looking to the future with hope

It is no secret that Buckminster Fuller has been a huge influence on my own thinking. I have watched a bunch of TED talks lately, and a couple of talks stood out as people who were picking up aspects of Fuller’s thinking, consciously or unconsciously.

Ray Kurzweil is known as a prolific inventor, and as the singularity guy, positing a technological singularity a-coming real soon as the technological growth curves go exponential. This extends the curve’s on Fuller’s own observations of accelerating acceleration and increasing ephemeralization (basically, being able to do more and more with less and less, as the amount of information and inventions we have increase ever faster) into the 30 years of data post Fuller’s death, and extrapolates from that.

Anyhow. In his talk he links a few developments he sees coming as the curves explode upwards, and it is pretty fascinating. Particularly the stuff on the intersection of biology and technology.

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He really grounds the sense of how damn different things are going to become. (This reminds me of Erik Davis’s interview with RU Sirius, in which Sirius noted that a coming gamechanger was the point at which widespread nanotech fabbing and open source designs collide – being able to make anything anywhere cheaply – was a point at which fairly unimaginable social changes occur.)

The other talk was William McDonough on cradle to cradle design. This to me reflects another aspect of Fuller – comprehensive thinking, and applied design science as a solution. The work the cradle to cradle people are doing is amazing and important – providing a breakdown to the parts per million of the environmental effects of materials – to allow designers to design better stuff, with an awareness of the environmental impact of the entire life cycle of a product. The high point for me was his description of the seven cities they had been commissioned to build from scratch for the Chinese government, based on their principles. Again shades of Fuller, and his Old Man’s River City designs – the difference being here they are really happening. The description of the cities – a vision of how a city can be an integrated healthy functioning organsim – is incredibly inspiring.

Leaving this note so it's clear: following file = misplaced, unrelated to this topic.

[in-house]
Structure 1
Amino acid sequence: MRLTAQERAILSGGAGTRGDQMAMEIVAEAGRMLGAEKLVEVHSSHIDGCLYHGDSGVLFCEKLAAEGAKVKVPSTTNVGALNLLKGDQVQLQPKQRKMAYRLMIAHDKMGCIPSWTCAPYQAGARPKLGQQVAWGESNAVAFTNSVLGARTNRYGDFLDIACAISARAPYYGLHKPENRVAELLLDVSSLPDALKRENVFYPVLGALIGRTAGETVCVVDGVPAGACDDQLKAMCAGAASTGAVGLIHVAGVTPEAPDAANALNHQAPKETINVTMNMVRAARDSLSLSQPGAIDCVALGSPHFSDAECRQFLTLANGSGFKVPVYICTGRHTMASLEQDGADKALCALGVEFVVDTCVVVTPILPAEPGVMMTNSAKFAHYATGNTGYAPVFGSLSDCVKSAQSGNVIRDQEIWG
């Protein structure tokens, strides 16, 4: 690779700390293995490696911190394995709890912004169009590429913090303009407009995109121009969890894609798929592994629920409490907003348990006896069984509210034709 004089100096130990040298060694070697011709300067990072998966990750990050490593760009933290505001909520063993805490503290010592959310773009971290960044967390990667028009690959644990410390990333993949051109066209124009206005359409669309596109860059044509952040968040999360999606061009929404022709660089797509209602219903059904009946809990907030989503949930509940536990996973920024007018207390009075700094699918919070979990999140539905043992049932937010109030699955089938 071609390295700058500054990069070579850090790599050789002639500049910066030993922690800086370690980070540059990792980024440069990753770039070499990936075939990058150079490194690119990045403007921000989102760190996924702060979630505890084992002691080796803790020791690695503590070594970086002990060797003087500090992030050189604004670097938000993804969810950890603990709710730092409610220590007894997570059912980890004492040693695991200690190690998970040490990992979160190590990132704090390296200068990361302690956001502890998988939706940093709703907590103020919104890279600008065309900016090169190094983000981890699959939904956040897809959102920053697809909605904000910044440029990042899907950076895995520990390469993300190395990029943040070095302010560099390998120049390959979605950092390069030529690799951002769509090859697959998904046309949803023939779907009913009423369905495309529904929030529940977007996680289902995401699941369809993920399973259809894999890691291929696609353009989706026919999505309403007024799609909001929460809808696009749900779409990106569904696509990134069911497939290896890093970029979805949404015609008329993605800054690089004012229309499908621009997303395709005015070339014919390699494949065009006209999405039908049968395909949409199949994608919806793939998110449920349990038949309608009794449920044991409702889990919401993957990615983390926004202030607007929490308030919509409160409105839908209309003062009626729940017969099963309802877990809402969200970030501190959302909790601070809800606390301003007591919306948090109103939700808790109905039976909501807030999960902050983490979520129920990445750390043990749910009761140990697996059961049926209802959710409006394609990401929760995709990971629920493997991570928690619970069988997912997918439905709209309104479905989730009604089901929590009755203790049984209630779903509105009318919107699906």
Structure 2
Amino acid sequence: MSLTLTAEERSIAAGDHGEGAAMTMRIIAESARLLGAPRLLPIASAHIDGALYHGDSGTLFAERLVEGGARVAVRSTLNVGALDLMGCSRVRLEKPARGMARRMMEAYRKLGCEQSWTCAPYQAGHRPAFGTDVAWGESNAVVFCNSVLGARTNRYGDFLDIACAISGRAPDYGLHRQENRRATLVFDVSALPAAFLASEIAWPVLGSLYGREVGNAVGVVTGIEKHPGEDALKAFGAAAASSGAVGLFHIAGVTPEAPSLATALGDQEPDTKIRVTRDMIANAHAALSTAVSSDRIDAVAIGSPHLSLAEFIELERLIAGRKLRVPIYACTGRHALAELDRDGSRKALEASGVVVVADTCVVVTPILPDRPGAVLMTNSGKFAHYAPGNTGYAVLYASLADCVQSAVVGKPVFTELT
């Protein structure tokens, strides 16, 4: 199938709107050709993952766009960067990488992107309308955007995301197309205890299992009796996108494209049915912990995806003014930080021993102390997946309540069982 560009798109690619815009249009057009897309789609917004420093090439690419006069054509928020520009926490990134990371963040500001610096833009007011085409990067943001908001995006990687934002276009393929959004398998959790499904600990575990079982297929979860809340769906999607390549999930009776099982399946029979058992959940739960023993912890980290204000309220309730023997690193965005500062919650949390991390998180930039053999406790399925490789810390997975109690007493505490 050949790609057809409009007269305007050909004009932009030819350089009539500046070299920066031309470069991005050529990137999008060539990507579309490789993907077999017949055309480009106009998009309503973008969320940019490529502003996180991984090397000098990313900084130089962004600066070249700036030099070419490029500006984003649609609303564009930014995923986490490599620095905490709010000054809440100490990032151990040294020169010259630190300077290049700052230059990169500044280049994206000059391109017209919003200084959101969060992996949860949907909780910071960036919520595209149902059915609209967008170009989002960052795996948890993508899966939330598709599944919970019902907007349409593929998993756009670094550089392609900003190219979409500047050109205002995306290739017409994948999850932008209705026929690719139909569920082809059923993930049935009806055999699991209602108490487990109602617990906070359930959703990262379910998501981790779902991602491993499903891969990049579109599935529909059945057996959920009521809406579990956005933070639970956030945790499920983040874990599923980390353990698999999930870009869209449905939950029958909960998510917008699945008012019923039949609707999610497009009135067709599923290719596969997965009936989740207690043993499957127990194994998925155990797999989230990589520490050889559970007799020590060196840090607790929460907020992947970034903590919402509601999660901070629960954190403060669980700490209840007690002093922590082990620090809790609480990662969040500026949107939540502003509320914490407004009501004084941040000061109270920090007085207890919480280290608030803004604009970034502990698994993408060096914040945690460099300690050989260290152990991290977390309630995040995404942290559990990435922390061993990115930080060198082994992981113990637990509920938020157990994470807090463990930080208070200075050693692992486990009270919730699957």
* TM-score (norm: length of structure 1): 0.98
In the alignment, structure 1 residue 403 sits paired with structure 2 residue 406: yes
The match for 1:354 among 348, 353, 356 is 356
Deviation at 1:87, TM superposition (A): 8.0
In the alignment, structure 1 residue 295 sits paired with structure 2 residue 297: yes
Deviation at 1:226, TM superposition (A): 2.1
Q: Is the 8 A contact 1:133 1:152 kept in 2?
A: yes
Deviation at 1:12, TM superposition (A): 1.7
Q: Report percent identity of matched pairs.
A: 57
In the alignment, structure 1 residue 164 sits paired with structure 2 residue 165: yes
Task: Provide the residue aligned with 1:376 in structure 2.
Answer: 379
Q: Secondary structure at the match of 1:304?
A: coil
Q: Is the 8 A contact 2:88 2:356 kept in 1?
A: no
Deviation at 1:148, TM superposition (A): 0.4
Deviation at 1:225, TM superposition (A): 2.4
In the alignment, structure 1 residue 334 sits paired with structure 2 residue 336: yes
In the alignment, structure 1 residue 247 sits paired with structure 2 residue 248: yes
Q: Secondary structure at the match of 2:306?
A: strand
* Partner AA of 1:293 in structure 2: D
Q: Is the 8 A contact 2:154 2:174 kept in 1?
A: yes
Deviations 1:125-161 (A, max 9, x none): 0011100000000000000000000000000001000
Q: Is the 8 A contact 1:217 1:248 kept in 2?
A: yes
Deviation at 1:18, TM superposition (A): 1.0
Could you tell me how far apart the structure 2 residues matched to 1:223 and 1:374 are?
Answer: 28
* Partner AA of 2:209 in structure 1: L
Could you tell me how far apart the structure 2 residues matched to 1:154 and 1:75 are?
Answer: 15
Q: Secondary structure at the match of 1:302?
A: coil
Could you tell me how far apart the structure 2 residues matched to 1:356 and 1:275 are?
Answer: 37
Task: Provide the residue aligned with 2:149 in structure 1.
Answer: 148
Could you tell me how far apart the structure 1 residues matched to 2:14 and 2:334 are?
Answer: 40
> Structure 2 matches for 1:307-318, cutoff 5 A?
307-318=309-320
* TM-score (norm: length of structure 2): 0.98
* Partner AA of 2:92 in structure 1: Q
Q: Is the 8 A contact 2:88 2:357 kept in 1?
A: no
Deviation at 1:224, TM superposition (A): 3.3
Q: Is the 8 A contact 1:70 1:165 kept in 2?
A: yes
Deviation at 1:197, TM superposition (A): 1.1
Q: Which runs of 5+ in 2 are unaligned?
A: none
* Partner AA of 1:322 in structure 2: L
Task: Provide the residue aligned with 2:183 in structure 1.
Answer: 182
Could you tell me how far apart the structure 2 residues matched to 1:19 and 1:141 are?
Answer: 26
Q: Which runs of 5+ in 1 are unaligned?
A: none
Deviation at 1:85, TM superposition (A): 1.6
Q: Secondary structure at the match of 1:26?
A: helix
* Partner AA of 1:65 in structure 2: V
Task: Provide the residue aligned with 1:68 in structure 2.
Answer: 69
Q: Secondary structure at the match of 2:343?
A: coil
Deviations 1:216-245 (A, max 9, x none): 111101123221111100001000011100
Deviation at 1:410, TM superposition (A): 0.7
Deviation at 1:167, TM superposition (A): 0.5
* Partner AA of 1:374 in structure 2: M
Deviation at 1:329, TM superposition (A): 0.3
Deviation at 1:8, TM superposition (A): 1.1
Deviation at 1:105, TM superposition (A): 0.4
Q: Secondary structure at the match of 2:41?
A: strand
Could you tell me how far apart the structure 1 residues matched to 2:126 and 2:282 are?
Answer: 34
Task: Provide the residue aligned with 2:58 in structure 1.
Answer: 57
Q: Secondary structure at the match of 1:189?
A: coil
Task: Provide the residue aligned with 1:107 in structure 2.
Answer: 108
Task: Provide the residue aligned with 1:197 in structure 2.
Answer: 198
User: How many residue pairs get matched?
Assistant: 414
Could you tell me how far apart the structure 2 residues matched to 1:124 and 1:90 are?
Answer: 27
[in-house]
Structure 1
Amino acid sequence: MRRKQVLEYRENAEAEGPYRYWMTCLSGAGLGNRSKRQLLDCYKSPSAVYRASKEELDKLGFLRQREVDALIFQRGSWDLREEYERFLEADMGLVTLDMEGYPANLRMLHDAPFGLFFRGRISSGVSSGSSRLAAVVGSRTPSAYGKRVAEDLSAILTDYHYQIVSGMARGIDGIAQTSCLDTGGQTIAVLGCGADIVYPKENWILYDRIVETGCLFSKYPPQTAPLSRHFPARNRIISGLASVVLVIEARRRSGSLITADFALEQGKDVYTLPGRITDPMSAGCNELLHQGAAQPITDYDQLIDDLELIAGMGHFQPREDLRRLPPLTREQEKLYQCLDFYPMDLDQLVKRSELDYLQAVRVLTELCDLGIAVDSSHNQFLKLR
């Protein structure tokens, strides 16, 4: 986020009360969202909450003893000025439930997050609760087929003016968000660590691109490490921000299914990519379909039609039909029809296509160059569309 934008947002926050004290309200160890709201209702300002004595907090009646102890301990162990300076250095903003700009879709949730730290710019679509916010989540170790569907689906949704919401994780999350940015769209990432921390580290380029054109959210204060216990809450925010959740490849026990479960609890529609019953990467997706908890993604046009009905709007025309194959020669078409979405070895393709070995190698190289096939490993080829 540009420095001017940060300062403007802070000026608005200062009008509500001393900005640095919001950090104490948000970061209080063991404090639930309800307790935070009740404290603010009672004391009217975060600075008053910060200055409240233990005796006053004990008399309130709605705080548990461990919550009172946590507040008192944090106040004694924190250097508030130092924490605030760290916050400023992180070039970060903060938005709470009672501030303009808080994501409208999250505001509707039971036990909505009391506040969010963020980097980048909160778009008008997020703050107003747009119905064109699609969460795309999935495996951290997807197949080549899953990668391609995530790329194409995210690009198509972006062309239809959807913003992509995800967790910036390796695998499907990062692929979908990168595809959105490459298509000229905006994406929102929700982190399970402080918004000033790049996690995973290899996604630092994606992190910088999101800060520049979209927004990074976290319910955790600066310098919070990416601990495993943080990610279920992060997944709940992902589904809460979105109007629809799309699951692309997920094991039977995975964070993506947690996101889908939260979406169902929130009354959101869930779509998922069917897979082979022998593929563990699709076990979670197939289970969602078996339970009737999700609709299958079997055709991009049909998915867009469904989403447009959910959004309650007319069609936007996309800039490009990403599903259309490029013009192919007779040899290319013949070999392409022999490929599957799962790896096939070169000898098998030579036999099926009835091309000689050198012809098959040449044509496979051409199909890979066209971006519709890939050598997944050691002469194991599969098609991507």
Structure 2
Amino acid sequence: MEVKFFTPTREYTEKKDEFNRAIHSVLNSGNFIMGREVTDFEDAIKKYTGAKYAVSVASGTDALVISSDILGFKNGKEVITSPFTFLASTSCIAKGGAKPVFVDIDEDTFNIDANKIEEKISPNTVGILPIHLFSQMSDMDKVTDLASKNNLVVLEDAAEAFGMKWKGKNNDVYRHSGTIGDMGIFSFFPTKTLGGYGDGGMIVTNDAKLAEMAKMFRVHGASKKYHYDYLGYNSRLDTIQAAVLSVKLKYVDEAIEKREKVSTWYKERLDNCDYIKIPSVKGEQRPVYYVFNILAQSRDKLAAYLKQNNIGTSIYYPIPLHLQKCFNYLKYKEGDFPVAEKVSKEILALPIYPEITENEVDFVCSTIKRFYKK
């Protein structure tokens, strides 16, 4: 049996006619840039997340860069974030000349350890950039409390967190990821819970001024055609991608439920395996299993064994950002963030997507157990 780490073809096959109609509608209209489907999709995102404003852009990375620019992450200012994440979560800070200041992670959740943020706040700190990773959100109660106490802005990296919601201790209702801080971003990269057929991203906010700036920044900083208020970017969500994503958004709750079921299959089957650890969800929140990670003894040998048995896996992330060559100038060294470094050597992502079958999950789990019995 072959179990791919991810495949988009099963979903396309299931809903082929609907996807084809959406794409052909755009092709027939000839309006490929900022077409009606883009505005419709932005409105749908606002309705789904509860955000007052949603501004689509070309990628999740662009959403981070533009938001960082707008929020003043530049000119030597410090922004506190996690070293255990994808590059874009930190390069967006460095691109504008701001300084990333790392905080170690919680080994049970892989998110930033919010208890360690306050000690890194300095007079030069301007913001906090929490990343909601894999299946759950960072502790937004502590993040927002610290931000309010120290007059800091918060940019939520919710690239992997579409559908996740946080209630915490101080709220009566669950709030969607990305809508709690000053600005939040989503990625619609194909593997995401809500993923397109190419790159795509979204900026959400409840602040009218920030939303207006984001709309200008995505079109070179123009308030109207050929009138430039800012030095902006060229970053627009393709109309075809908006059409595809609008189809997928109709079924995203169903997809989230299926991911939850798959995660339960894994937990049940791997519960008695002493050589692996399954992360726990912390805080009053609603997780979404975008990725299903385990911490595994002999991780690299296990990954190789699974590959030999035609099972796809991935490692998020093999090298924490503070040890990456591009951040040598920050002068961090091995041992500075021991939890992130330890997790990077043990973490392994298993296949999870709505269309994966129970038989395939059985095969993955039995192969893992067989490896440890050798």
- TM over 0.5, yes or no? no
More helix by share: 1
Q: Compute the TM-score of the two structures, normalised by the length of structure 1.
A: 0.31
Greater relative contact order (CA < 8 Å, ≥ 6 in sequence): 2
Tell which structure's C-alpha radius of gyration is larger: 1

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So yeah. I guess I am glad that people are picking up on the comprehensive and optimistic parts of Fuller’s thinking; and also, as with Fuller, that more people should know what these people are thinking and doing. We act according to what we believe is possible. And so much more wonderful things are possible than we think.

3 Responses to “looking to the future with hope”

  1.   bruce
    May 2nd, 2010 | 7:37 pm

    Sweet post. Yes, the possibilities are really wonderful 🙂

  2.   Rimu
    May 3rd, 2010 | 9:15 pm

    assume infinite supplies of energy and an earth capable of absorbing infinite amounts of waste and anything is possible

  3.   aimeew
    May 14th, 2010 | 12:31 pm

    Ray’s concept is called the singularity (as you no doubt know). Also, he’s started something called the Singularity University – something I’d give a limb to attend…